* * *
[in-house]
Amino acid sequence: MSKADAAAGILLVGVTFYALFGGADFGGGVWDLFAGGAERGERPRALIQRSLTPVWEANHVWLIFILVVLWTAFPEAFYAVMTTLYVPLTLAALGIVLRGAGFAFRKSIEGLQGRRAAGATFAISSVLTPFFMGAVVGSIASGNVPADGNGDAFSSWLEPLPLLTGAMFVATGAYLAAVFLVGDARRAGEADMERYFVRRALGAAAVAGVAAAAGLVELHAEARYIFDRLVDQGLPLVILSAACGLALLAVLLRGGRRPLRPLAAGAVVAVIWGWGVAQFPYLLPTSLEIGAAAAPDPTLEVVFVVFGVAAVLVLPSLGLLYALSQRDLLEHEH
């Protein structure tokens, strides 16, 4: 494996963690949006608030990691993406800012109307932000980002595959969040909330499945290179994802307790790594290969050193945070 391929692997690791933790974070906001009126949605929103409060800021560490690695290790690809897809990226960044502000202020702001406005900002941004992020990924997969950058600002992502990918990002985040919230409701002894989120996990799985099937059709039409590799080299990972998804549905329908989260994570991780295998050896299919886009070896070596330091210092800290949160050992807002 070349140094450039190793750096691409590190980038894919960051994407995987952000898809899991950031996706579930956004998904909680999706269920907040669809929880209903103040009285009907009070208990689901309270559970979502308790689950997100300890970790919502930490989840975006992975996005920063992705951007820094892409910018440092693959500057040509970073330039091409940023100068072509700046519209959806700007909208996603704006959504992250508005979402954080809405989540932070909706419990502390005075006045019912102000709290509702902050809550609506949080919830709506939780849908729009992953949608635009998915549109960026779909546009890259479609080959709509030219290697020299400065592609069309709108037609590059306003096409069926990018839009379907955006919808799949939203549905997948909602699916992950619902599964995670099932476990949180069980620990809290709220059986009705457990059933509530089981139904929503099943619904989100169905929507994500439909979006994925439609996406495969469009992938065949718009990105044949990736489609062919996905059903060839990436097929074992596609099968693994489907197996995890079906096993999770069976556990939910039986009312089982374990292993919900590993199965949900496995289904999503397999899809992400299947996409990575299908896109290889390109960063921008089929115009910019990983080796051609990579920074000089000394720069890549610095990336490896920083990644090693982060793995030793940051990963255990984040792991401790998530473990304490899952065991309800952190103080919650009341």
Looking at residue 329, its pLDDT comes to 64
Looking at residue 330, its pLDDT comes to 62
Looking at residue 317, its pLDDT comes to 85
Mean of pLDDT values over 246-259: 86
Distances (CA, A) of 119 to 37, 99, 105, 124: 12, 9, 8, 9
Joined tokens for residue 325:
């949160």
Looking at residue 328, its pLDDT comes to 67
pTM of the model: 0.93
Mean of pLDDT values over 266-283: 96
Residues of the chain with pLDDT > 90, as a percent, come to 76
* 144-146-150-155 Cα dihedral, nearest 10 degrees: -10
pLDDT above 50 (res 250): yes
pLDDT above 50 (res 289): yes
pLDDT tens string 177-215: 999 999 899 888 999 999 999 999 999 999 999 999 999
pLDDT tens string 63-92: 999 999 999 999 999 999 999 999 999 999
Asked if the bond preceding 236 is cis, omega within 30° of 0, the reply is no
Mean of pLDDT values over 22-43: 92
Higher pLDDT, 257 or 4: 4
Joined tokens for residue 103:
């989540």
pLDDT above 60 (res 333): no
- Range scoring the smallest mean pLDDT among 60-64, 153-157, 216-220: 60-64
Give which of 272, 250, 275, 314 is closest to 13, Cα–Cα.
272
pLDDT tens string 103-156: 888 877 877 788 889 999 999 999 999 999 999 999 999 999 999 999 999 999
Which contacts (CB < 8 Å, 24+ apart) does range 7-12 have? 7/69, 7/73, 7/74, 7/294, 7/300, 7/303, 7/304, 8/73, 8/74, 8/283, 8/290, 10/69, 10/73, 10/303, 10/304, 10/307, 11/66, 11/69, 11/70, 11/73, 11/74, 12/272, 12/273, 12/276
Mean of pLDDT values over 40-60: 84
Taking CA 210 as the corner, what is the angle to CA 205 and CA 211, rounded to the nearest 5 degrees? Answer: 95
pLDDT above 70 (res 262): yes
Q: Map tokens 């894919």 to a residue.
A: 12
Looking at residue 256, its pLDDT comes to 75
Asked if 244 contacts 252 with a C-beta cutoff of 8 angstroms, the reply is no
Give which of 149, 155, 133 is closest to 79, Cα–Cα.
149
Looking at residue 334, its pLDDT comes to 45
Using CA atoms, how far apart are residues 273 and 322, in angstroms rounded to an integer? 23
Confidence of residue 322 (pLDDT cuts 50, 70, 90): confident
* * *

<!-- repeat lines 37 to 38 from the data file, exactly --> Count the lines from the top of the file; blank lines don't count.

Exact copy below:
Asked if 244 contacts 252 with a C-beta cutoff of 8 angstroms, the reply is no
Give which of 149, 155, 133 is closest to 79, Cα–Cα.